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A seller’s guide: how to prepare for due diligence

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What do I need to prepare for due diligence when selling a business?

Due diligence is a key stage in the business sales process and involves prospective purchasers analysing the information and data you’ve provided to them as a seller. It takes place once broad sale terms have been agreed but not finalised.

Due diligence provides a safety net for buyers to re-evaluate the business proposition in the light of any issues revealed during this stage. In some cases it can result in a revised lower offer for the business if any anomalies are discovered, or even the collapse of the transaction.

It’s possible to significantly ease this part of the process with careful preparation, however. Understanding the business areas and potential issues the buyer’s solicitor may focus on helps, as does pre-empting their questions and the information/documentation they might request.

Business areas typically included in the due diligence stage


A buyer will request to see the company’s bank accounts and tax documents, and will typically inspect the annual accounts, management accounts, and budgets or forecasts. They’ll need to know about current lending facilities and security that’s been provided to lenders, as well as previous loans and borrowing that has been repaid.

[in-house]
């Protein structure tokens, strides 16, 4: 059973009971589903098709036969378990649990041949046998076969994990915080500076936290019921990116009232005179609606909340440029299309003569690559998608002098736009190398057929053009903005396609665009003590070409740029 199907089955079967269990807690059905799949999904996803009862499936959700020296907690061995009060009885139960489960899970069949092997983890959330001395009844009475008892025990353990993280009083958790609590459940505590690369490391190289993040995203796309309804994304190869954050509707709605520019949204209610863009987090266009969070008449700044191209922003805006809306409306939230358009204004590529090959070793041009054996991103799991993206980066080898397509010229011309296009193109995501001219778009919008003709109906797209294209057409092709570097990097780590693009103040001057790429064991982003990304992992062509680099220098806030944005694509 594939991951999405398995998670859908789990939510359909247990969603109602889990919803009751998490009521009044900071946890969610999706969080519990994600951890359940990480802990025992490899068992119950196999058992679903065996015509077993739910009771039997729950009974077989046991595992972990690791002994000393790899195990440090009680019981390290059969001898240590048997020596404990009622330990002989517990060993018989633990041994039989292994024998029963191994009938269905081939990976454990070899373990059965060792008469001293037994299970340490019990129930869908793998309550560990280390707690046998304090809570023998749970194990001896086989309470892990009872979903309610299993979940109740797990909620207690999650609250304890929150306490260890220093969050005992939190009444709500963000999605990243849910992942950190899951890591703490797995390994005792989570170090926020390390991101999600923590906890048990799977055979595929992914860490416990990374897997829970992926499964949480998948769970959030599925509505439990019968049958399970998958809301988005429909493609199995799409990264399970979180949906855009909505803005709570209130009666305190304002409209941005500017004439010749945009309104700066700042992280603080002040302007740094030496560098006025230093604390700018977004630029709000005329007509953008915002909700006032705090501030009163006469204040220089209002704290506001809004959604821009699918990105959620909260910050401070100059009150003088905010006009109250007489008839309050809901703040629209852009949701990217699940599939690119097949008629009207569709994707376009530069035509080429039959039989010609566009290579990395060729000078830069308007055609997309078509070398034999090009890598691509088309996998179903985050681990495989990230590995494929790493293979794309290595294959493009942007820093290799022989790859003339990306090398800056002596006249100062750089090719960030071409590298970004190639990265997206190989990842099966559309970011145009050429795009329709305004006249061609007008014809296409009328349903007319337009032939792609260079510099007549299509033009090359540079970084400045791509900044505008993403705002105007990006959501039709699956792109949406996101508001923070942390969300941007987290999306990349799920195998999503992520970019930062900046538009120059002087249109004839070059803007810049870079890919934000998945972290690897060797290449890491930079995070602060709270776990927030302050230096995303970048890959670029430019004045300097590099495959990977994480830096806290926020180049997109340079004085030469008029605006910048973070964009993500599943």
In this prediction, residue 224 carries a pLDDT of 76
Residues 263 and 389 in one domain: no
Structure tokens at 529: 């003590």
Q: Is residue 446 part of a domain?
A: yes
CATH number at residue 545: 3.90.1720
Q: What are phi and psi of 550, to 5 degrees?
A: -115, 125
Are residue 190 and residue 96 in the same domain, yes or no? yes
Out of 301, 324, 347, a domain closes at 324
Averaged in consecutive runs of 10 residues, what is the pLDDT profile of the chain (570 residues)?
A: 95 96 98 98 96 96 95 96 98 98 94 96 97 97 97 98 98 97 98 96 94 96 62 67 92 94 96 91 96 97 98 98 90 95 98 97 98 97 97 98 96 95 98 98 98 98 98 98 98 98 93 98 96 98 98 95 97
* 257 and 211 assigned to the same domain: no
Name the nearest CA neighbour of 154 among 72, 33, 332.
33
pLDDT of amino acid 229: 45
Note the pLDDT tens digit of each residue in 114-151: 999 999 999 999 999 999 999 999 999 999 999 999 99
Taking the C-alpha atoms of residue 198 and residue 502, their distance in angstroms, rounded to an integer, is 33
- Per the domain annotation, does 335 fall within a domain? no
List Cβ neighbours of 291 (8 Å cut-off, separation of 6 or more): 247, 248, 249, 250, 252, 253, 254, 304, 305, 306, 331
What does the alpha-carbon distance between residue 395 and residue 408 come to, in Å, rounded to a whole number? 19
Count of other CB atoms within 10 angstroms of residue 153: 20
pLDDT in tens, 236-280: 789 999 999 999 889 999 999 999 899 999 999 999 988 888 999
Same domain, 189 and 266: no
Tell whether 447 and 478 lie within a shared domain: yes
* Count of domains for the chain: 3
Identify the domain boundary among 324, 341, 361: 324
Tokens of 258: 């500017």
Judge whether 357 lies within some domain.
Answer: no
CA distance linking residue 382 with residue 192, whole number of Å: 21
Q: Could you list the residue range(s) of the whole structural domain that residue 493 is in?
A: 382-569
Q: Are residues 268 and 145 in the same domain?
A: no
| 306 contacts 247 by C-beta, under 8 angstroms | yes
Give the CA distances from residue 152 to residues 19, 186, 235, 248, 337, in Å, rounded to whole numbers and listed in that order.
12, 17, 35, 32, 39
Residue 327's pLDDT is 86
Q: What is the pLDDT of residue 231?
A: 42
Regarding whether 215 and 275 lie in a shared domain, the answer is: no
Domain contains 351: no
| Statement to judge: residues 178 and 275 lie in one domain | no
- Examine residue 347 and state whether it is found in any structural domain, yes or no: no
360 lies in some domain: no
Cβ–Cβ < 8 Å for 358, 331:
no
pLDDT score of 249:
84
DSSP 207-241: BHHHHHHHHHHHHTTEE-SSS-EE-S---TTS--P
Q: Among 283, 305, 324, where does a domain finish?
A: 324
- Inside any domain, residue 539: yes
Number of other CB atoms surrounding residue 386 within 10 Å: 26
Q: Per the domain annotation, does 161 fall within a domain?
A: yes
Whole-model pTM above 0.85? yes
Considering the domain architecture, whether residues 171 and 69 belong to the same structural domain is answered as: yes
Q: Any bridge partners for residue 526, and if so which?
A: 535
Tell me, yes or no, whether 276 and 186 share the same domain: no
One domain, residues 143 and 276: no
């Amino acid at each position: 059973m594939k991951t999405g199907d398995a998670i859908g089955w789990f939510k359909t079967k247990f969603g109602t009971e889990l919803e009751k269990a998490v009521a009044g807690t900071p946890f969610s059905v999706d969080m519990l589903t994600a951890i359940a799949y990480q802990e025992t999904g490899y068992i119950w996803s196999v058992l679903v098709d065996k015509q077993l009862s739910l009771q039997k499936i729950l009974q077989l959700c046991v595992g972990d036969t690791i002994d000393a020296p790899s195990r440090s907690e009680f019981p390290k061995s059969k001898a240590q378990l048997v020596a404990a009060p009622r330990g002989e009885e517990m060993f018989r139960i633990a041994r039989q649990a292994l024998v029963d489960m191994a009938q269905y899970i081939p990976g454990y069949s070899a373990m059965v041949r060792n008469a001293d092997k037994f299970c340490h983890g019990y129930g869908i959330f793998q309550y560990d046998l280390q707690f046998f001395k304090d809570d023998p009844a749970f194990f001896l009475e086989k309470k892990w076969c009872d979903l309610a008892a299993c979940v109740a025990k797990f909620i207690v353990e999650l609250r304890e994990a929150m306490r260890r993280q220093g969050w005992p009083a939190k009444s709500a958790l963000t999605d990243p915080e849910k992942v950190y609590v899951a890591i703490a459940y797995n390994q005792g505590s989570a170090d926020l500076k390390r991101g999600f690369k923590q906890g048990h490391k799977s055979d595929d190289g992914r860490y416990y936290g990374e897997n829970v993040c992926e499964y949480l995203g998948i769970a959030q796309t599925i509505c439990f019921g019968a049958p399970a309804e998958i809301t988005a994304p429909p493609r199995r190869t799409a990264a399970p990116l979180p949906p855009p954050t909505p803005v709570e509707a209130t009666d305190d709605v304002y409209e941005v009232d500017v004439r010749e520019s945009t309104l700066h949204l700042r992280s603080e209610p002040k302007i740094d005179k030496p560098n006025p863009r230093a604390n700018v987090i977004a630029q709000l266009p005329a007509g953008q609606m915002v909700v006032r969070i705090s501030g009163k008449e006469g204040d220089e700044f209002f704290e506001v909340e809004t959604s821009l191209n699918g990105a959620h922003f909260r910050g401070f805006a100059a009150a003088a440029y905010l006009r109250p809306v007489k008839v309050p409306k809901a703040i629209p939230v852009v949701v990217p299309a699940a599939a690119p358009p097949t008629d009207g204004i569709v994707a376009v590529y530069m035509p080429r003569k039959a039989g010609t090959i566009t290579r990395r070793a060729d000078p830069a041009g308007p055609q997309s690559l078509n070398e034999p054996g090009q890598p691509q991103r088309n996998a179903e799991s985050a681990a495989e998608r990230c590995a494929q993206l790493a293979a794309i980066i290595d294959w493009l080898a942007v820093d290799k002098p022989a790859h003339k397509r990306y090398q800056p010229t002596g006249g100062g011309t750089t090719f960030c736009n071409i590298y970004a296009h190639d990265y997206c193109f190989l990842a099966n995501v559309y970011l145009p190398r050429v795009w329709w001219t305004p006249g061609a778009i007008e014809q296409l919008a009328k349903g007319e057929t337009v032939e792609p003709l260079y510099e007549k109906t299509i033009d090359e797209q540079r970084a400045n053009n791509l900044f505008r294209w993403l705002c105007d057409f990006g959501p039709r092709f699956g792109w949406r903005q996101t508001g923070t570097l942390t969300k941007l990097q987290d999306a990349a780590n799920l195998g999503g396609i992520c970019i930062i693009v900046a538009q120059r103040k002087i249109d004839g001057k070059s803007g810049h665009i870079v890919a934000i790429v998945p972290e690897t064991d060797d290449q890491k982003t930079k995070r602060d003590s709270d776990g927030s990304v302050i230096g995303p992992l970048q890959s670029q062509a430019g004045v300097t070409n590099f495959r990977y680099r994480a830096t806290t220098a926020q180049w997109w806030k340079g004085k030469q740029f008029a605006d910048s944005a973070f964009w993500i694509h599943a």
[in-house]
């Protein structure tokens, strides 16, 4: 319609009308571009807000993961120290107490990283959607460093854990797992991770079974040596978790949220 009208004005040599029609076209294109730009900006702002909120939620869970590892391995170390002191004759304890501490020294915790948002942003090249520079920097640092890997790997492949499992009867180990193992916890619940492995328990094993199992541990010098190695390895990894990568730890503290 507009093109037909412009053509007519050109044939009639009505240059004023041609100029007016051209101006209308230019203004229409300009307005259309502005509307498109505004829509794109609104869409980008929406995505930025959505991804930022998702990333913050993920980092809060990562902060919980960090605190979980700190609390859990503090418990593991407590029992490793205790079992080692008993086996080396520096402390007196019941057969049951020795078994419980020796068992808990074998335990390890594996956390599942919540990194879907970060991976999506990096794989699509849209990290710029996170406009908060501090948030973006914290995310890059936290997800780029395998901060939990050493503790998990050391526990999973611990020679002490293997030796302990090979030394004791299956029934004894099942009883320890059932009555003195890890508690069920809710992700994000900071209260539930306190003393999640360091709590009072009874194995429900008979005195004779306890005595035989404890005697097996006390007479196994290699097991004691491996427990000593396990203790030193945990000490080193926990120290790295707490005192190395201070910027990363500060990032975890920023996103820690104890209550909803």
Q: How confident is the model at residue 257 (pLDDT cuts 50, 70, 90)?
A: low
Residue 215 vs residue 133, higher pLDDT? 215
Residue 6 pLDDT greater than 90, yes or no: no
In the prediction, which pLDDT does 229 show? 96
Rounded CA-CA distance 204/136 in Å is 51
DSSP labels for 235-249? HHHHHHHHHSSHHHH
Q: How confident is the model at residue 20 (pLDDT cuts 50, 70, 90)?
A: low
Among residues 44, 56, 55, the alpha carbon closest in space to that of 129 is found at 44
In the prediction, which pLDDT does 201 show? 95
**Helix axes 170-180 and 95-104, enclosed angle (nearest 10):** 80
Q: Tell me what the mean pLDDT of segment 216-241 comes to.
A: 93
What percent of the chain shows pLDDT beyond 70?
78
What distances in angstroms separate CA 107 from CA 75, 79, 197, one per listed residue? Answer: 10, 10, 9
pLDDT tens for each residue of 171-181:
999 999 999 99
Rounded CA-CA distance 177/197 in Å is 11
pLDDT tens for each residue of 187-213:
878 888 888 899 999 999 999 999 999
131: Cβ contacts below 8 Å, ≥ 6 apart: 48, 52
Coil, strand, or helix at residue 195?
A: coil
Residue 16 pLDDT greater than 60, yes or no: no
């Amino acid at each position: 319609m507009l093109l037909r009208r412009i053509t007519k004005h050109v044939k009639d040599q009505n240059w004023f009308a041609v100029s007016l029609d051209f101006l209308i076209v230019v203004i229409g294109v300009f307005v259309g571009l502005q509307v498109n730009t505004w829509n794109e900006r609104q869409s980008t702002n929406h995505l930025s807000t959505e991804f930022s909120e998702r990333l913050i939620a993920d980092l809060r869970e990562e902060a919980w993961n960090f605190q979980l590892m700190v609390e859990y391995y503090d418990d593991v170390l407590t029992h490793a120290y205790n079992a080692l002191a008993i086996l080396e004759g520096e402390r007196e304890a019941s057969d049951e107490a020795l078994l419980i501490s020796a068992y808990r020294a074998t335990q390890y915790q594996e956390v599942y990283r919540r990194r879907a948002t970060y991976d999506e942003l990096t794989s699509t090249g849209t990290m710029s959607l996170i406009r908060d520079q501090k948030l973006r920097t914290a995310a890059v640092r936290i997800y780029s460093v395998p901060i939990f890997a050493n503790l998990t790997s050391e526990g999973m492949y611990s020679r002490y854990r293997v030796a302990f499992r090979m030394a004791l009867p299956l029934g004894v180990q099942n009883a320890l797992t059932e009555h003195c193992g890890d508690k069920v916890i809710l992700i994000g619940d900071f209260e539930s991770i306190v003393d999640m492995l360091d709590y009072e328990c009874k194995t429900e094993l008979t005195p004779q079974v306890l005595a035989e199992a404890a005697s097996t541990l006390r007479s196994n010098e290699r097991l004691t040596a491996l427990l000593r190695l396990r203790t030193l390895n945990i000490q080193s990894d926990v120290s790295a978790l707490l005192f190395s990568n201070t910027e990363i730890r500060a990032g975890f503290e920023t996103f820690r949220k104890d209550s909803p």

Company structure and shareholding

You should ensure that your statutory registers are up-to-date and that minutes from board meetings are available – in relation to shareholder resolutions that have been made, for example. Any changes in shareholding or restructuring will also be needed.


Having up-to-date written contracts with your suppliers, customers, and other stakeholders conveys efficiency. You can also provide more in-depth data to prospective purchasers, such as the income received from your key customers and costs related to your main suppliers.

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Assets and intellectual property (IP)

An up-to-date asset register makes it easier for the buyer to identify the assets they will purchase. Intellectual property rights need to be registered so they’re protected, including any trademarks, patents, and databases owned by the company.

Employment and pension schemes

The rights of employees are protected under TUPE laws  – the Transfer of Undertakings (Protection of Employment) regulations. In this respect, you’ll need to prepare information on staff roles and employment contracts, as well as contracts with any third parties such as consultants or contractors.

It’s important to prepare for requests for pension information during the buyer due diligence stage too, including the pension scheme you run, your rates of contribution as an employer, employee contribution rates, and retirement benefits.

Other potential requirements under due diligence could include environmental issues, such as asbestos in the premises, or perhaps health and safety records. Any documentation relating to previous or ongoing litigation is also likely to be needed, as are insurance policy documents and information confirming compliance with regulatory requirements.

As you can see, a significant amount of information is required for the buyer due diligence phase and it pays to start preparing early. It can smooth the entire process, as well as give confidence to the buyer that you’re efficient and professional.

Selling My Business has extensive experience in securing successful business sales. We can help you prepare for the due diligence phase and provide the professional support you need throughout the sales process. Please get in touch with one of the team to find out more.

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